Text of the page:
Negotiations on the FTA between the U.S. and So. Korea have to be wrapped up this week if the current U.S. trade promotion authority is to be used. Kelly Olsen reports on the intense ongoing negotiations in Seoul: U.S.-S.Korea Trade Talks Down to Wire (AP via Houston Chronicle, March 29). Kim Deok-hyun reports on the closing hours of the negotiations: S. Korea-U.S. FTA talks head for conclusion amid optimistic notes (Yonhap News, March 30)
There was a hitch on Friday: U.S., S.Korea trade talks stumble at last minute (Jack Kim, Reuters, March 30) - no word in the story on what the problem was. The U.S. evidently decided that it could delay completion of the negotiations as late as noon on Sunday, April 1, and still meet the conditions necessary for consideration of an agreement under current trade promotion authority. Heejin Koo reports: U.S., South Korea Extend Their Free-Trade Talks (Bloomberg, March 30).
Evan Ramstad reports on what's at stake for Korea in the negotiations: South Korea Ready to Open Up (Wall Street Journal, March 28 - illustration accompanies the Journal article):
...South Korea's economy now faces a problem. While it grew by 8% to 9% a year for much of the 1990s, its growth has recently slowed to 5%. A key reason: Chinese competitors are taking away South Korea's lead in low-cost manufacturing and threatening South Korea's higher-value industries.
To boost the economy, President Roh Moo Hyun says South Korea needs to do away with the old growth model and open up. He initiated the trade talks two years ago, hoping to attract more foreign investment and stimulate service industries, which account for 48% of the South Korean economy, compared with about 70% in the U.S.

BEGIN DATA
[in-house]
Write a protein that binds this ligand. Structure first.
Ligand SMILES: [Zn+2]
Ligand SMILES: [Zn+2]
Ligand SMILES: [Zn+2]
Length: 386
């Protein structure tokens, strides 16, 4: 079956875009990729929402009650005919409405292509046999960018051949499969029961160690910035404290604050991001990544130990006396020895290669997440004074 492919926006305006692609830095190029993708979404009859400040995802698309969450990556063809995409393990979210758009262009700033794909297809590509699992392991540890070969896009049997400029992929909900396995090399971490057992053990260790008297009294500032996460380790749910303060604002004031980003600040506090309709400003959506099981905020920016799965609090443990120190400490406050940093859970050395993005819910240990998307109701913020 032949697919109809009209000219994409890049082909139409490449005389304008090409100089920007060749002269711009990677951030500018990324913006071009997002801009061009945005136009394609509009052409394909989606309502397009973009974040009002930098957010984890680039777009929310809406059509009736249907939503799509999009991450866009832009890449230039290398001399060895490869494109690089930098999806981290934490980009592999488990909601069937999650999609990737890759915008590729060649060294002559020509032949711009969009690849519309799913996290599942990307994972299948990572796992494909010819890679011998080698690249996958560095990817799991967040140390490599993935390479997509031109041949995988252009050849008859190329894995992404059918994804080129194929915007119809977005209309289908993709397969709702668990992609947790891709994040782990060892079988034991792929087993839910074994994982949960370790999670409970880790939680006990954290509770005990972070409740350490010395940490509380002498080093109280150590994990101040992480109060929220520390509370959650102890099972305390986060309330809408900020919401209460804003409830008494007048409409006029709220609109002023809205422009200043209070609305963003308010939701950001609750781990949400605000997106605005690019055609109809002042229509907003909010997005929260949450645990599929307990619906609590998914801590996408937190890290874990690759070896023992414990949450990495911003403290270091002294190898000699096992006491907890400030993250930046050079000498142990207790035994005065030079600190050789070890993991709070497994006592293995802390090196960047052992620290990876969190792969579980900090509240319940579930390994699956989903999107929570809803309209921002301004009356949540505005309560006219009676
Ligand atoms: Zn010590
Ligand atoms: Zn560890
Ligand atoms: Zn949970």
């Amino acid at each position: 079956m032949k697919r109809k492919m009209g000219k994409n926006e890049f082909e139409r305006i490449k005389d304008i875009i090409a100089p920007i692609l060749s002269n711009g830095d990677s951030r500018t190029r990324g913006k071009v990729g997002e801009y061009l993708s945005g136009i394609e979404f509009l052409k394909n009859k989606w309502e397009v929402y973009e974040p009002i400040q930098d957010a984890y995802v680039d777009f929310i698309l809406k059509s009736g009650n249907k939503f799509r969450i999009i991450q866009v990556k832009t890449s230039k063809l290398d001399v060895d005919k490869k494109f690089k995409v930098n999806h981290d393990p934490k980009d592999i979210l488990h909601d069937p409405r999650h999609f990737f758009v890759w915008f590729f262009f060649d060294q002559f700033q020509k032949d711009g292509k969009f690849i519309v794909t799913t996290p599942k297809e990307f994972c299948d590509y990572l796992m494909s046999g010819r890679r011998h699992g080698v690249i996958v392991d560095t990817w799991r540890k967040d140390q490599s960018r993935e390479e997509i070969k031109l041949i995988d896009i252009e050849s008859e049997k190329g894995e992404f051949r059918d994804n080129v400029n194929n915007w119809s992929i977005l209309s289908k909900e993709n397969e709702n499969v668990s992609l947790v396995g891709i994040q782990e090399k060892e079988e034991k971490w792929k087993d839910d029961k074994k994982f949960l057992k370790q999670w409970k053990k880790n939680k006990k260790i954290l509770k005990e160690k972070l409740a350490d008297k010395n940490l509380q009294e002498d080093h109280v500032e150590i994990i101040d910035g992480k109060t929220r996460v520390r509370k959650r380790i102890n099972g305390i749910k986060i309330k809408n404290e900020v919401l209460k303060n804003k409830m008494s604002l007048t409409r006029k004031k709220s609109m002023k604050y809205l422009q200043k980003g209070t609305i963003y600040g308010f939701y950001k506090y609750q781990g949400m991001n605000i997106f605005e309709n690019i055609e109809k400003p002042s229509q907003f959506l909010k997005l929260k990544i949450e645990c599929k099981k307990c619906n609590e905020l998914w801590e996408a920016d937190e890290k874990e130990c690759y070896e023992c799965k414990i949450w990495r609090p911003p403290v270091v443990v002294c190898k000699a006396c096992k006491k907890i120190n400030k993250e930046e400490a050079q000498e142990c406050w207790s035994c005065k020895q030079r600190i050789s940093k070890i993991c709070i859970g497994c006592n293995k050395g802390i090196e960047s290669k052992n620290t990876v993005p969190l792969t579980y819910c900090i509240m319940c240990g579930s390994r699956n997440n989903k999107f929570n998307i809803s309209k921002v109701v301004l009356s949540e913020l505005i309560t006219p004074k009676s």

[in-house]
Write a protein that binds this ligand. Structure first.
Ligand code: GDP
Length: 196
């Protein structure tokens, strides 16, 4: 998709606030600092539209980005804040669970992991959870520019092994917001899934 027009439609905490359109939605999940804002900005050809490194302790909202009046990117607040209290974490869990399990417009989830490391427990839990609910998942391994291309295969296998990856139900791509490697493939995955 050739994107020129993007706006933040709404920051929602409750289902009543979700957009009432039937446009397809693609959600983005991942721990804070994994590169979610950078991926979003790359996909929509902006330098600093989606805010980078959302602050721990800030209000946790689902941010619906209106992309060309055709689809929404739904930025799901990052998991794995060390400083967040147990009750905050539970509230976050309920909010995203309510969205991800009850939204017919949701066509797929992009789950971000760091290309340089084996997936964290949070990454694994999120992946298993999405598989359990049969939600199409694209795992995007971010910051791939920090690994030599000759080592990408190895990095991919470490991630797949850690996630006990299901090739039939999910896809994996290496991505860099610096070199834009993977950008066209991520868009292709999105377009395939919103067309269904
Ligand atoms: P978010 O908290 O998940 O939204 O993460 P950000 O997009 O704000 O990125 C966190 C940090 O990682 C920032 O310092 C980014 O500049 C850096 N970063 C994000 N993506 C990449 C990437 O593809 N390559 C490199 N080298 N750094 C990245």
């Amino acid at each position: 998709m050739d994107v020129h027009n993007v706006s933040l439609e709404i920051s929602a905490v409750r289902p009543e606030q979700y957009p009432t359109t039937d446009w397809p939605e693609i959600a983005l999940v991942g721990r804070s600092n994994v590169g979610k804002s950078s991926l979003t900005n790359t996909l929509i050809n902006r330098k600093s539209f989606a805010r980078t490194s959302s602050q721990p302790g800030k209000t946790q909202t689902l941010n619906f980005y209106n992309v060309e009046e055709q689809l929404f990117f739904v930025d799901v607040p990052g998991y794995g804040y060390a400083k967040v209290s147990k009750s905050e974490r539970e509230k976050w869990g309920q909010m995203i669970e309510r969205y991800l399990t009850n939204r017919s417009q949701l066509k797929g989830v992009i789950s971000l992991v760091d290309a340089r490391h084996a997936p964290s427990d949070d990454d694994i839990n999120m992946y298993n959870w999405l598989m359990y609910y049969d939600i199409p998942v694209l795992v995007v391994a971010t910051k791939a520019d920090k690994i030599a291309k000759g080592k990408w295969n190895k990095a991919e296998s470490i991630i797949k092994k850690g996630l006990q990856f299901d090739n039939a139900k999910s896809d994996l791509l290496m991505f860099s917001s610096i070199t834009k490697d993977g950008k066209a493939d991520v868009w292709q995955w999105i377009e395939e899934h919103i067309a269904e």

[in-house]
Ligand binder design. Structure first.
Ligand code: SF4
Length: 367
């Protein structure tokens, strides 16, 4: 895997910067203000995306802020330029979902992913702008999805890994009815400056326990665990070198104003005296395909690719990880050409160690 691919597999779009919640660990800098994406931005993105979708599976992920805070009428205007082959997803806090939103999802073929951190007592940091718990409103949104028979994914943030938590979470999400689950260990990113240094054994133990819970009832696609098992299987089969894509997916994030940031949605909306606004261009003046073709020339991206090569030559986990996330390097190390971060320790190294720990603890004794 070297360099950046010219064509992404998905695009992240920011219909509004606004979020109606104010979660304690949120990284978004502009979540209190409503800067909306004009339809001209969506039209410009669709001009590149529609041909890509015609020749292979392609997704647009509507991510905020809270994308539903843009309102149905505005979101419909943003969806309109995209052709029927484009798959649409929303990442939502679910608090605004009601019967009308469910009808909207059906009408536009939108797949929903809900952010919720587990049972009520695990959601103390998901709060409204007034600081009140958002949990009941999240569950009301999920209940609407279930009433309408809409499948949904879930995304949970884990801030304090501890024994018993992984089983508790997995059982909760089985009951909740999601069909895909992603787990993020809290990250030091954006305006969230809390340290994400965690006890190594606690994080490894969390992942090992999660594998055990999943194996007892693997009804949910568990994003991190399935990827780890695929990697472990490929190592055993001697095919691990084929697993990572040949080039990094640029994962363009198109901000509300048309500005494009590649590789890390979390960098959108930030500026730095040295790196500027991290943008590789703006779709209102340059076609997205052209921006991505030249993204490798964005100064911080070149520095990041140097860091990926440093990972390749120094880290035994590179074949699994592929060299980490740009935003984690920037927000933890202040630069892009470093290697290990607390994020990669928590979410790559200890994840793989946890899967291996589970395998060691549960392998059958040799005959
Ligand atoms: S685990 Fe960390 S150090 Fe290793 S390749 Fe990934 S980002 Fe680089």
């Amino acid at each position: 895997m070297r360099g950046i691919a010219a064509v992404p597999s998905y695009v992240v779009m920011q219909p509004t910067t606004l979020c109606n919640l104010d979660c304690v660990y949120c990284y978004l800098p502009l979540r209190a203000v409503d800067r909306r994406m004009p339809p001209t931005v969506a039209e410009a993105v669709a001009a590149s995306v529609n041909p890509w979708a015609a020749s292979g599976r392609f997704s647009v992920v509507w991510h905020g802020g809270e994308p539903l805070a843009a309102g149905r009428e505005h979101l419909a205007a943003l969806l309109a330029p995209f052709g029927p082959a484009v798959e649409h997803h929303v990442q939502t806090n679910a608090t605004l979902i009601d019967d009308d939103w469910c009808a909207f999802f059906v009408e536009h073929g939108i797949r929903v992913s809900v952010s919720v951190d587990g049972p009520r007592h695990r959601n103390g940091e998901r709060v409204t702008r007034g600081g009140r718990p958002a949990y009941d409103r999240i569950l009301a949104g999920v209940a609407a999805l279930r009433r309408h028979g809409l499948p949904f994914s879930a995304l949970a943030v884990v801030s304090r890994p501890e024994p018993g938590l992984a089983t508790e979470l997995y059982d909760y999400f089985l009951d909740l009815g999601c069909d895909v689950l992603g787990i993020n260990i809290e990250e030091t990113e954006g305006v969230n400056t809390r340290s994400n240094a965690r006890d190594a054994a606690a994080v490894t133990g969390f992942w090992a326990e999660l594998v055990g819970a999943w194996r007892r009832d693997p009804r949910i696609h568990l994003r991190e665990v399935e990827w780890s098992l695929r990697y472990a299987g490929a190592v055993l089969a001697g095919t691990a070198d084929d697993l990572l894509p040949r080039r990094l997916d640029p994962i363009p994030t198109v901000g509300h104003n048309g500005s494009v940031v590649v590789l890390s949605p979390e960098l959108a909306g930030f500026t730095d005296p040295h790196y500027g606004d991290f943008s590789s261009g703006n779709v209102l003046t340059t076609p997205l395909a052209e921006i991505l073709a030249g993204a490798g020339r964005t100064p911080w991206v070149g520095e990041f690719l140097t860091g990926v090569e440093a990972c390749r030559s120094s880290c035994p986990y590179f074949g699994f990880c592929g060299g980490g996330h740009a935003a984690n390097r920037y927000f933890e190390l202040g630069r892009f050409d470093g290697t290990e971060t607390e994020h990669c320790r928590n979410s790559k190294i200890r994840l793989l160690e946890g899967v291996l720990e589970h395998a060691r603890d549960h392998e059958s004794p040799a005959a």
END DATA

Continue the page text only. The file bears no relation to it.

Mr. Roh has also started free-trade negotiations with Canada, Australia and New Zealand, and is exploring talks with the European Union and the six Arab states that form the Gulf Cooperation Council.
The free-trade talks come as South Korea strives to make other efforts to speed up its economic growth. Regulators are pushing to make the country's businesses more transparent in hopes of boosting global competitiveness, addressing criticism that South Korea had weak accounting and disclosure standards. The country has opened its banking sector to foreign owners and competitors, resulting in the fast growth of global players such as HSBC Holdings PLC and a variety of new financial services.
In another article, Ramstad reports that agriculture is a key to the negotiations: U.S.-South Korean Trade Talks May Turn on Beef, Rice Imports (Wall Street Journal, March 30). Ramstad's got an interesting story to tell: